In addressing the Conference, Kenneth Clarke, the Minister's Parliamentary Secretary, was justified in selecting as the major item the removal of permit quotas and other restrictions on the freedom of movement. It is in this area that opposition is likely from many countries, including some members of the EEC.

It was among those members that quota systems were first devised, long before the development of roll-on/roll-off services made British hauliers a serious factor in international transport. Where boundaries are mere.artificial divisions in a land mass, there is no dramatic change in the method of operation when a vehicle is sent abroad.

As each country developed its own domestic licensing system — the common factor, as in the UK, was a distinction between carriage on own account and carriage for hire or reward, with the main purpose of protecting other forms of transport — it seemed natural to extend the regulation to international journeys: Because the systems were not identical, and the volume of traffic varied, separate arrangements were made bilaterally. By fixing a quote which applied on both sides, each country could in theory assume that it was not being placed at a disadvantage. In practice, there was always the irritating consideration that one of each pair of countries needed permits more than the other in order to reach markets the other side. The problem was accentuated when British vehicles entered the field in increasing numbers. Only the enlightened attitude of the Benelux countries prevented the situation from rapidly becoming intolerable.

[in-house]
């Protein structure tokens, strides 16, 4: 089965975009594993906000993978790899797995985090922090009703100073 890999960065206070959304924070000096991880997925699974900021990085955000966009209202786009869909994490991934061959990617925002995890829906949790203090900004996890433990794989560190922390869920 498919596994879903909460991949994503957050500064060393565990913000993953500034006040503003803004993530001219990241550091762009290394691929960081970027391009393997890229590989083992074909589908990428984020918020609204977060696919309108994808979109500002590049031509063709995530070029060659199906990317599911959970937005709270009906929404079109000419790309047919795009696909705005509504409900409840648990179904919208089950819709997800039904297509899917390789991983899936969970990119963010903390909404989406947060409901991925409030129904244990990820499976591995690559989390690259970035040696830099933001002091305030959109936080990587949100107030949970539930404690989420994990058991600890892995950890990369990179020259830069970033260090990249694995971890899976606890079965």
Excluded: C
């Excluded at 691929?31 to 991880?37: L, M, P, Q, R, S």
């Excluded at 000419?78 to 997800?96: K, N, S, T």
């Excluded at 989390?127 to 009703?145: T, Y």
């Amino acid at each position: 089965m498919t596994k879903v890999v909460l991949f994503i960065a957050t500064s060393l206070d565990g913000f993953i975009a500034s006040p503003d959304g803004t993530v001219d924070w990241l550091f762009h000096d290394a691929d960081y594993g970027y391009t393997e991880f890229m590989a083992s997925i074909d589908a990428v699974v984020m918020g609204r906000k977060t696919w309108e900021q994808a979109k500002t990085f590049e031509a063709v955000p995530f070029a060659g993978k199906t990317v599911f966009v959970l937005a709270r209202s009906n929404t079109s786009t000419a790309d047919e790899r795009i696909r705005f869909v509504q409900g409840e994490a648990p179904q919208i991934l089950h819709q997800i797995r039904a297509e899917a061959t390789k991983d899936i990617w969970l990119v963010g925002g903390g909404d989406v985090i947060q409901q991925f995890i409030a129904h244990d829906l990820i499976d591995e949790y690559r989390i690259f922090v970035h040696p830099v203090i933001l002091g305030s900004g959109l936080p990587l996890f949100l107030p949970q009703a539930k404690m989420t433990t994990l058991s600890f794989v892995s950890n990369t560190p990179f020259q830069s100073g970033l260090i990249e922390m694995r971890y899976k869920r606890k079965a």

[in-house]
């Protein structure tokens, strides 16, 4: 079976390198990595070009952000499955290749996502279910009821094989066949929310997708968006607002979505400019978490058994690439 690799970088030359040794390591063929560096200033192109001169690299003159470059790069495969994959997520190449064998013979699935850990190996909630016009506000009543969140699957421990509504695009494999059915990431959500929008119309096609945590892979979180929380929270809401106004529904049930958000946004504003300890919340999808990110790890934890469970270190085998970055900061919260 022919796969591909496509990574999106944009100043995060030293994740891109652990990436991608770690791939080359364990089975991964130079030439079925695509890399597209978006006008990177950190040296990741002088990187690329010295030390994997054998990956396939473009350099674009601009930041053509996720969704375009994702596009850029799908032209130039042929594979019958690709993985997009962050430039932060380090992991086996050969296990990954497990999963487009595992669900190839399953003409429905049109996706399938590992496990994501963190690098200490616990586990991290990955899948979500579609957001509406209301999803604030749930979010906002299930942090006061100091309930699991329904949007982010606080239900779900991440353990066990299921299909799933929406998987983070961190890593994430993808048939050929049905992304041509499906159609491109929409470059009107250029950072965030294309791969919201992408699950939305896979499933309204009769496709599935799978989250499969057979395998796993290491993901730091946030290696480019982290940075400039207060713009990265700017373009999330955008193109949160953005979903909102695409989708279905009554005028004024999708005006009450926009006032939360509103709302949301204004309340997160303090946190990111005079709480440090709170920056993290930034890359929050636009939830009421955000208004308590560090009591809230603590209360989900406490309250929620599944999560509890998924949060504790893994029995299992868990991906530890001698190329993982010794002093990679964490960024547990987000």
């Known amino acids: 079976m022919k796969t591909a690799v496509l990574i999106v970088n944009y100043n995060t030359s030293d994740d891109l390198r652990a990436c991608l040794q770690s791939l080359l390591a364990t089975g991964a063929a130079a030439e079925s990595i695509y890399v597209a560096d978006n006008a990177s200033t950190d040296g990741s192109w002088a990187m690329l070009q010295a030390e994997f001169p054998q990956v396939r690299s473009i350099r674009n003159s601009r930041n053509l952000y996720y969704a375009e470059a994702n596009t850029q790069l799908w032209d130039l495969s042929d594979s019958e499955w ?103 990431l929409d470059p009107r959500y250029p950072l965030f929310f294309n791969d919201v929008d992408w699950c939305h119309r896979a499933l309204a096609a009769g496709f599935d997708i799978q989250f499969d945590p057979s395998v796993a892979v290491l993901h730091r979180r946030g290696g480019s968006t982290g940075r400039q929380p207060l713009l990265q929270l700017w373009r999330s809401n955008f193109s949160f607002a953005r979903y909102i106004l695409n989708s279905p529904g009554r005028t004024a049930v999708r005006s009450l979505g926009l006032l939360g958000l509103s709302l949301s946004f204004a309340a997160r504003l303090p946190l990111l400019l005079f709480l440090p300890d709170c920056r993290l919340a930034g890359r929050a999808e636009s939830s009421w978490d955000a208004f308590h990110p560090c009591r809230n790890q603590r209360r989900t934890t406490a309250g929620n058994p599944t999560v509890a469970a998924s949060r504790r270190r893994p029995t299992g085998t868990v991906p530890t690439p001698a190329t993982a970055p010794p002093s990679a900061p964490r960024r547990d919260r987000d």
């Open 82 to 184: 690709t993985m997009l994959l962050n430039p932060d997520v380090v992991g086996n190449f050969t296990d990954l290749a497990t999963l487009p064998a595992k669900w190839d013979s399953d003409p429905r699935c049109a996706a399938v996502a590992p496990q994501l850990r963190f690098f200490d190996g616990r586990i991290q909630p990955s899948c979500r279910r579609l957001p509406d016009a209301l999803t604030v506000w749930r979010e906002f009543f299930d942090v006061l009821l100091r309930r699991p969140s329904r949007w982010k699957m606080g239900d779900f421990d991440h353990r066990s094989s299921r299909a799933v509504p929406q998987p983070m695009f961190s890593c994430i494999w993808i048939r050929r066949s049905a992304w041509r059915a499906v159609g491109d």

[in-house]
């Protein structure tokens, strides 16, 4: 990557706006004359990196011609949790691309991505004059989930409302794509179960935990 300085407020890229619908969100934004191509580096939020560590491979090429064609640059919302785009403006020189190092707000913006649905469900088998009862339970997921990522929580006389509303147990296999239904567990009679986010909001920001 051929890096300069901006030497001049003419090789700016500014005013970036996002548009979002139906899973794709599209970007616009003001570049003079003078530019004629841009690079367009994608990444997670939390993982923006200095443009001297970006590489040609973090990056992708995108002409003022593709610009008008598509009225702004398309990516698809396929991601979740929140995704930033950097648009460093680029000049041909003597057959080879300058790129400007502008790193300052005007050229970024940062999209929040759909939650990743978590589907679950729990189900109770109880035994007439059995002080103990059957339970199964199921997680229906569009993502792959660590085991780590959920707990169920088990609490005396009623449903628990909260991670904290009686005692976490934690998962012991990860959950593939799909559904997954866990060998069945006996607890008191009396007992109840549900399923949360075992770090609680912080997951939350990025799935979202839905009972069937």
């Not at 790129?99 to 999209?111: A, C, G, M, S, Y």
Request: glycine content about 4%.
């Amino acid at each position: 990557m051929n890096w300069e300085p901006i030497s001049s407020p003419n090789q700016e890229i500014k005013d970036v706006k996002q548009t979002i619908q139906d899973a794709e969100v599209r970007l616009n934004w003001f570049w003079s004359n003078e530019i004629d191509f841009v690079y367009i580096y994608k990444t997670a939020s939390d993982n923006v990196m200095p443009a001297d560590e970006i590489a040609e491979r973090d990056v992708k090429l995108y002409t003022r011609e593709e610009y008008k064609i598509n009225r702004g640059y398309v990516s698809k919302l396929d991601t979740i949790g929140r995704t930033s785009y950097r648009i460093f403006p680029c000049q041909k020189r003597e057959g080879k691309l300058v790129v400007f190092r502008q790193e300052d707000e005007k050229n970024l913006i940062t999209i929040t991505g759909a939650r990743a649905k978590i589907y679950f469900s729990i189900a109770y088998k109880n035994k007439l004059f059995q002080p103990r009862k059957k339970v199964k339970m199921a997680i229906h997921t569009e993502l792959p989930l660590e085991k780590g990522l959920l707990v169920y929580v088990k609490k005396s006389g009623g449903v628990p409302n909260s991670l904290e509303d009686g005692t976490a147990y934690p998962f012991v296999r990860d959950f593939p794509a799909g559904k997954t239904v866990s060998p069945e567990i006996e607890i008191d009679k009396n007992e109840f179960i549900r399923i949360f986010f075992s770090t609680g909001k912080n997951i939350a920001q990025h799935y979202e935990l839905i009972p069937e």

The other countries could find no better solution than the one that had served them in the past. They insisted on negotiating quotas, although they were aware that such agreements were ludicrous and potentially dangerous when the need on the British side was so much greater.